Just as Gai does, The Moaning Mullet specialises in short distance sprinters in her fantasy stable, conjuring up rides for voters with polling day the winning post. But The 'Pie suspects The Mullet's horses, running under the names of Debt and Deficit, won't be able to go any distance beyond that, and it will be too late when her supporters suddenly realise they've ... well, been taken for a ride. Debt and Deficit are apparently identical twin horses, and even The Mullet still can't tell them apart. Alas, unless she can allay those cynics out there about just what services she will cut to be able to freeze or reduce rates, her illusory horses will be comprehensively beaten to the line by the odds-on favourite, Financial Reality.

Speaking of odds, a small but important digression ... it is now odds on that McGeorge Colbran won't be contesting the mayoral race. In an email this morning responding to an inquiring squawk from The 'Pie, Macca's Man said 'Don't think my health will let me do the job properly, so at this stage, I'm only an outside chance on the second line of betting, awaiting vet's instructions'. As always, an honest self-assessment, and probably a wise one.

Back on the state scene, how does The Brisbane Bantam aka Campbell Newman fit into this torturously overworked horsey metaphor? 

Well one supposes that he is more a trainer of hurdlers given the jumps he has to overcome. Like getting elected in the first place.

But his most prominent runner, Lack of Solid Commitment, could cause interference to other runners on the northern side of the course, allowing Katter's gelding Wild Promises to get a rails run, and win the northern sector of the race. The LNP boss seems to have bought back a Vaguery colt called Trust Me, out of the ALP's old grey mare Empty Promises. There are plenty of punters north of Rockhampton who won't back Trust Me until some more detailed form is revealed, and are more likely to make a plunge on Katter's Wild Promises. 

There are those up hereabouts who are waiting to hear that a Campbell Newman LNP government will not be, for North Queensland, just a case of same horse, different jockey. We're waiting, Bantam me boy, we're waiting.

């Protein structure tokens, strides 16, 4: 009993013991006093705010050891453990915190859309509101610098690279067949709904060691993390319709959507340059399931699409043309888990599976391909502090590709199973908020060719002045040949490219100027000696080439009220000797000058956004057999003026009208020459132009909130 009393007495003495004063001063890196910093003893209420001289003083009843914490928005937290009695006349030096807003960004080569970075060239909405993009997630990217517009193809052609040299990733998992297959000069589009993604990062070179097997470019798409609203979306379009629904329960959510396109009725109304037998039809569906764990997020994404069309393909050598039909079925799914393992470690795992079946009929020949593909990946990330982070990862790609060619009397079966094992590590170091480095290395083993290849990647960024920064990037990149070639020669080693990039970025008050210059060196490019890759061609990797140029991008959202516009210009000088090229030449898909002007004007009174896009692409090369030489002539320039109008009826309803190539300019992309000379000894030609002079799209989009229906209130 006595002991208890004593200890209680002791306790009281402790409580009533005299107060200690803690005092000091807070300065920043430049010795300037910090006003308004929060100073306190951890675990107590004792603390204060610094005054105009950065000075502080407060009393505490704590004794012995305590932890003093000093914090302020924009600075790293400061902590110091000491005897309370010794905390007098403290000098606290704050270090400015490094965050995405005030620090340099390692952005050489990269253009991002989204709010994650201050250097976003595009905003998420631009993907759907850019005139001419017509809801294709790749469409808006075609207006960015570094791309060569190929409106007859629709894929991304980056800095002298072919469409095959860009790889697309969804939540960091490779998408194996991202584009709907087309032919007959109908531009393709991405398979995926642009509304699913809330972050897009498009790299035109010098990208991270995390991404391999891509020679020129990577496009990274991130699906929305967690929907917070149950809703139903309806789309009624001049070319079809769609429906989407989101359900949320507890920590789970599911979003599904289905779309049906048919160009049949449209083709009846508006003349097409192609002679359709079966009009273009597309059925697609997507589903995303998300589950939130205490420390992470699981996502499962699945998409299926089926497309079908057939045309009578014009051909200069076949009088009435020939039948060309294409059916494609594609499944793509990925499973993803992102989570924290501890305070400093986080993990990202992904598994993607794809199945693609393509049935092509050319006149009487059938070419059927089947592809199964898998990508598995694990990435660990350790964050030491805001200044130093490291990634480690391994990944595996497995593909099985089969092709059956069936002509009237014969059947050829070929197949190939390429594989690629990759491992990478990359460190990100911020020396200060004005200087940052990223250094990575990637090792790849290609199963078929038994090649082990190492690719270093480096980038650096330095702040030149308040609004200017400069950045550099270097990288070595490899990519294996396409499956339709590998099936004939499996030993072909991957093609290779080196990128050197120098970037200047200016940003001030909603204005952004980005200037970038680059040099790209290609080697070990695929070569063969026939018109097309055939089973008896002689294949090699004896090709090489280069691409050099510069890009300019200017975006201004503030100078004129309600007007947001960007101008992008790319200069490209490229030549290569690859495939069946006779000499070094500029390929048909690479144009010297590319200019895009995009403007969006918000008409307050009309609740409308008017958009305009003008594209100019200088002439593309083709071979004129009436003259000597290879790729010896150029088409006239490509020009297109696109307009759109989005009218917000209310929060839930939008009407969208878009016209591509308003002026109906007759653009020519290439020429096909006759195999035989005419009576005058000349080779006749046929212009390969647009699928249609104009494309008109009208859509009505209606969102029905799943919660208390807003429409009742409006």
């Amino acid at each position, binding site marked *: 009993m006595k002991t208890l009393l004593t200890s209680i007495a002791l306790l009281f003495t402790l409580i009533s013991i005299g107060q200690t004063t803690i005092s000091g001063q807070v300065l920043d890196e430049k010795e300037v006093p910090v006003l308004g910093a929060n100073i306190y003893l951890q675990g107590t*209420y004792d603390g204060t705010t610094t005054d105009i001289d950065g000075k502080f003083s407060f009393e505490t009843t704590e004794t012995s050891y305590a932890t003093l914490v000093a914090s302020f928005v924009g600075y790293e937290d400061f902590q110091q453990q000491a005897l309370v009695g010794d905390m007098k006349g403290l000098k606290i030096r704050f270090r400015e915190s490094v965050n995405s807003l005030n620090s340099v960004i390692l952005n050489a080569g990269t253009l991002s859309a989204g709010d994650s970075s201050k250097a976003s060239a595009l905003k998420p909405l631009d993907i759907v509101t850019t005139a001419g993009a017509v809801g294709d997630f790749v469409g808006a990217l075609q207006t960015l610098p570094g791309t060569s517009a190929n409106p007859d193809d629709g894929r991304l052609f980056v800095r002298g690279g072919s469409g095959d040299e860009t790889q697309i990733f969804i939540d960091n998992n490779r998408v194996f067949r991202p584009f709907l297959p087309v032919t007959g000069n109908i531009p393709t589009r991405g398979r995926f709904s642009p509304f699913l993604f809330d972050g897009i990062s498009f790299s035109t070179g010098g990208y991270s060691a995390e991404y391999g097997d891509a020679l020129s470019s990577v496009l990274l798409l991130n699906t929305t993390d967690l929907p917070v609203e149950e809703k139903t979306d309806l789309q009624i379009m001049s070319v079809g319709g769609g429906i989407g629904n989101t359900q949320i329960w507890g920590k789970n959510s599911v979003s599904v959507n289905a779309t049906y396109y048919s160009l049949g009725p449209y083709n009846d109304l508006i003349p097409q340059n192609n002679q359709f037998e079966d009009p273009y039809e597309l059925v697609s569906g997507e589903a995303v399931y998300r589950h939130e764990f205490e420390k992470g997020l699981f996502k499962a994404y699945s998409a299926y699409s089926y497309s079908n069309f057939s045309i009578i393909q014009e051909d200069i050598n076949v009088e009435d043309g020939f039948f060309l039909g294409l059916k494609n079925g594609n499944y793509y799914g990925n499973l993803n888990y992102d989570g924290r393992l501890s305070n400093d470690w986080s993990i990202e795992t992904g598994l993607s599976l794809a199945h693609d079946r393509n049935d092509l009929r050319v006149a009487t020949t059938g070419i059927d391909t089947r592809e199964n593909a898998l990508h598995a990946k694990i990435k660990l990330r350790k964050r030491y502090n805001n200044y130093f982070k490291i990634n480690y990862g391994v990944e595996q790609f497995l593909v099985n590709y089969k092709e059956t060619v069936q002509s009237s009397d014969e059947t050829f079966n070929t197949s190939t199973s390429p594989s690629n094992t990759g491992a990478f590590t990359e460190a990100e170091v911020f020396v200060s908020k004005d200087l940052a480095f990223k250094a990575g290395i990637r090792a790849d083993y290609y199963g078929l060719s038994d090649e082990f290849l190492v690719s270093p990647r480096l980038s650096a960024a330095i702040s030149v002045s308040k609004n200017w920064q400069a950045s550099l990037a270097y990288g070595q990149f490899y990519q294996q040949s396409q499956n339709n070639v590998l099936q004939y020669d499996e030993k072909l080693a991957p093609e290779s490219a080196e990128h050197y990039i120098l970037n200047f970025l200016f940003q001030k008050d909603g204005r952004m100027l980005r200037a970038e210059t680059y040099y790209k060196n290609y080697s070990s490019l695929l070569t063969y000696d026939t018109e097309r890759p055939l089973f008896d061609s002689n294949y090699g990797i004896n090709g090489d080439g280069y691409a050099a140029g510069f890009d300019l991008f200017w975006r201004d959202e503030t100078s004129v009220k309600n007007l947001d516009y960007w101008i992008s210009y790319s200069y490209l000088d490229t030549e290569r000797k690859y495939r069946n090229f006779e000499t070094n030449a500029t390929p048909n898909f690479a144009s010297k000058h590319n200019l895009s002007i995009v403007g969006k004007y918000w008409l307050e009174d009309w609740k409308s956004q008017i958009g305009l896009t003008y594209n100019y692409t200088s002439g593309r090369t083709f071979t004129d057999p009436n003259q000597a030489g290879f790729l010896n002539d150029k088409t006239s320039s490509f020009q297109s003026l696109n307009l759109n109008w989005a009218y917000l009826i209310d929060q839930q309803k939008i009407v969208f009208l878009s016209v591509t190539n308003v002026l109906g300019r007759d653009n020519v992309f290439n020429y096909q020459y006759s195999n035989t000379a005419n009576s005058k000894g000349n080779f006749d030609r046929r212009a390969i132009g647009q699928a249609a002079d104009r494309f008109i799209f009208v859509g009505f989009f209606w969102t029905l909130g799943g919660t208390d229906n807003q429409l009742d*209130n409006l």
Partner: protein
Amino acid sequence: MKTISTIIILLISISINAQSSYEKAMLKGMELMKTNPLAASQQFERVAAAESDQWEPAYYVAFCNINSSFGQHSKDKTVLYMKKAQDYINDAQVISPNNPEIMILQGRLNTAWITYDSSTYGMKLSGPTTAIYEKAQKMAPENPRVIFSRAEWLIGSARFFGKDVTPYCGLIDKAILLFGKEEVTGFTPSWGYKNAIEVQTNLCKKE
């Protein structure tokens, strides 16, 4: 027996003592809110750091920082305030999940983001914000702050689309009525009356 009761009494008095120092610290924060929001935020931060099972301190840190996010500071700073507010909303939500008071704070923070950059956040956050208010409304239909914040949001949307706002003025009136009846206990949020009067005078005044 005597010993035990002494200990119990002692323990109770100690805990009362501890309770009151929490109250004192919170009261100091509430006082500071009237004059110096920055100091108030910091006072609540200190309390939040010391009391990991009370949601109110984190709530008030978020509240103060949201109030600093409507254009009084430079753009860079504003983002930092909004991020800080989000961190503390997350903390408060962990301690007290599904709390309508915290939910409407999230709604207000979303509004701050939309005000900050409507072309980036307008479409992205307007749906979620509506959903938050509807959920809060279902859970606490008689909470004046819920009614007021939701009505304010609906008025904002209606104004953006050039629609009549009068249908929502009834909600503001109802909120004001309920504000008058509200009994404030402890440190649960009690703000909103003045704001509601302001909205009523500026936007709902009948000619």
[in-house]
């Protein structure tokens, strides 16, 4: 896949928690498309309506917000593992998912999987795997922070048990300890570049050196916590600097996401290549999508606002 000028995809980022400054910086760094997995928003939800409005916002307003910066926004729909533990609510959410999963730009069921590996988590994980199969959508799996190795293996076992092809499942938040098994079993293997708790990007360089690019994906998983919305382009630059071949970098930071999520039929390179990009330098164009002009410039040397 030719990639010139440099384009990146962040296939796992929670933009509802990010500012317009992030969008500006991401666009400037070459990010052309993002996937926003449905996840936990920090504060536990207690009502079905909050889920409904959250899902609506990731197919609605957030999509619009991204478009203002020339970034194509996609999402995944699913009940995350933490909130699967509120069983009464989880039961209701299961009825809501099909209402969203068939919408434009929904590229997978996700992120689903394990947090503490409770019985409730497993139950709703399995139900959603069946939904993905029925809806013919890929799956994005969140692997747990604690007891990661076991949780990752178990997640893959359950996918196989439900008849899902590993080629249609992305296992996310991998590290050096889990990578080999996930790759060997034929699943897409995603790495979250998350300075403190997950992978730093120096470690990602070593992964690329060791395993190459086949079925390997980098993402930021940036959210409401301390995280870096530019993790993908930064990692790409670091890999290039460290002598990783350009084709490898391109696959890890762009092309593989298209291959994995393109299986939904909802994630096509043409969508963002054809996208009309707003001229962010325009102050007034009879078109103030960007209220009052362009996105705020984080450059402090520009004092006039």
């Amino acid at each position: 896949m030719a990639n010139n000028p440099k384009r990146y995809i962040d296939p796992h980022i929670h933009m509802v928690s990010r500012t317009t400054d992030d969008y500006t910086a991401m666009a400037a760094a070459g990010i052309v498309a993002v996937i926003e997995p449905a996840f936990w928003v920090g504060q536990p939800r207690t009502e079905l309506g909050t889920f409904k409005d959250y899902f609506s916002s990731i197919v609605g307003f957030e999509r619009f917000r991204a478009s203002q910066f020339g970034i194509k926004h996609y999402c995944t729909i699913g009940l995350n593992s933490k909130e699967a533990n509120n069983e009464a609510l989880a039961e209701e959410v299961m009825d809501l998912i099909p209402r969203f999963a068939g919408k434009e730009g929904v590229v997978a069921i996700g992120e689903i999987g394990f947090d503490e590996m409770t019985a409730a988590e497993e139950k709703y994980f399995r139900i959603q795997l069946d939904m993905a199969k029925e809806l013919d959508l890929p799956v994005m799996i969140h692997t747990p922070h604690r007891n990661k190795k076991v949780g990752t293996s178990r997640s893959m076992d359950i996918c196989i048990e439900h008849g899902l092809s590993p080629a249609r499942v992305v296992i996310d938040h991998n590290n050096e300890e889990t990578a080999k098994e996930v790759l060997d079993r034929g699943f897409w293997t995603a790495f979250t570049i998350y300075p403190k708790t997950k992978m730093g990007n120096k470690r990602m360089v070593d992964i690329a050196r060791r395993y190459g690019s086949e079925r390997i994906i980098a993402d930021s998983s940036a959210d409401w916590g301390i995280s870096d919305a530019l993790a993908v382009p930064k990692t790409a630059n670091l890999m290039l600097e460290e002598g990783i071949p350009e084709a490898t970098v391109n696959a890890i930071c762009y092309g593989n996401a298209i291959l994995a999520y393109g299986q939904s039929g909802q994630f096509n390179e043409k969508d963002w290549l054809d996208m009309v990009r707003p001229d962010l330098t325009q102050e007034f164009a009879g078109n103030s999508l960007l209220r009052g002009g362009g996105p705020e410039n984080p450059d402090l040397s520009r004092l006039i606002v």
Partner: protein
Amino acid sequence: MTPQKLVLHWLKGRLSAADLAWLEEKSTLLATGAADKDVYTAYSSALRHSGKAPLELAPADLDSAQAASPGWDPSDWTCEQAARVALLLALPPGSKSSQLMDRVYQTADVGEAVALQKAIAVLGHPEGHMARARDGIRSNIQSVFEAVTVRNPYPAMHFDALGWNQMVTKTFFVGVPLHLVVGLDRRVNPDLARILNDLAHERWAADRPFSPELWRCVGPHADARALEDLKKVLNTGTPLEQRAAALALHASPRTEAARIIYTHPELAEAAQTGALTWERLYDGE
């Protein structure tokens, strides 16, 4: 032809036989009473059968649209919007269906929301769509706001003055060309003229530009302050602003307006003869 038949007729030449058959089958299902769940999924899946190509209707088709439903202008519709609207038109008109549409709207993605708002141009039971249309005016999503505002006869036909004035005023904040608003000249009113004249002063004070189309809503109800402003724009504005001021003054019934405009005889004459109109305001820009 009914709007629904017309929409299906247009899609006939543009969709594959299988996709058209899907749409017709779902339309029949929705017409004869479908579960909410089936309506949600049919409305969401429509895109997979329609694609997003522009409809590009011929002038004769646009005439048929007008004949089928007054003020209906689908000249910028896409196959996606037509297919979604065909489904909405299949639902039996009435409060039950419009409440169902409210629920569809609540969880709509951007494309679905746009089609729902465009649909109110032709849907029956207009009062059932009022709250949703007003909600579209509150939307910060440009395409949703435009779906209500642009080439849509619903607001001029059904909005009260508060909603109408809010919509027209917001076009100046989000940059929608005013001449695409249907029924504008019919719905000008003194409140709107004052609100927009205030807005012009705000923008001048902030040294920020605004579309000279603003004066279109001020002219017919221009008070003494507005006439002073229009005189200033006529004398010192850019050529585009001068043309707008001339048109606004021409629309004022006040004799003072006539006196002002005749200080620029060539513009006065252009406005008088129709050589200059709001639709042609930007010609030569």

Whew, how's all that for an over-egged metaphor? No, don't answer that.

Finally, a graphic illustration that shows that the likes of Katter, Abbott, the Forrest Gump Water Watch council wannabees et al, are problems that have existed ever since the American founding fathers laid the foundations for modern democracy.

Not a bit far-fetched and distinct possibility.

That's enough to drive a bird to the booze, so it is away to Poseurs' Bar, where The 'Pie will harbour some forlorn hopes that it will magically become his own mounting yard for a fantasy ride in the Metaphoric Stakes. Long odds on that, though (sigh).


  1. Come on Pie. You have shown us there isn't a worthy contender there for Mayor so I think maybe it's about time you got yourself a real job and threw your hat in the ring.
    If you won't do it, get on Priceys back to give it a go. I'll vote for either of you.

  2. Thanks for the thoughts, magpie, I love your work.

    However, I feel you've given Katter's perspectives short shrift. I think that a lot of people aren't altogether happy with the uncertainty of modern, open economies, and would like to move back to an Australia where government intervention in the market (tariffs, anti-trust, nationalisation, political monetary policy) gave more certainty, less change. Whether they'd want the economic and cultural stagnation that might come with it is a different matter.

    Anyway, my point is that, although Katter is a bit bonkers, I like the fact that someone in the federal parliament is talking about something besides a neoliberal vision for the Australian economy. Can't have a debate without two points of view.

    Finally, could you please enlighten me (sometime before the next federal election) as to why Herbert is terminally unable to elect an ALP candidate? Maybe it's apparent from the demographics and geographics of the seat, but I can't understand it.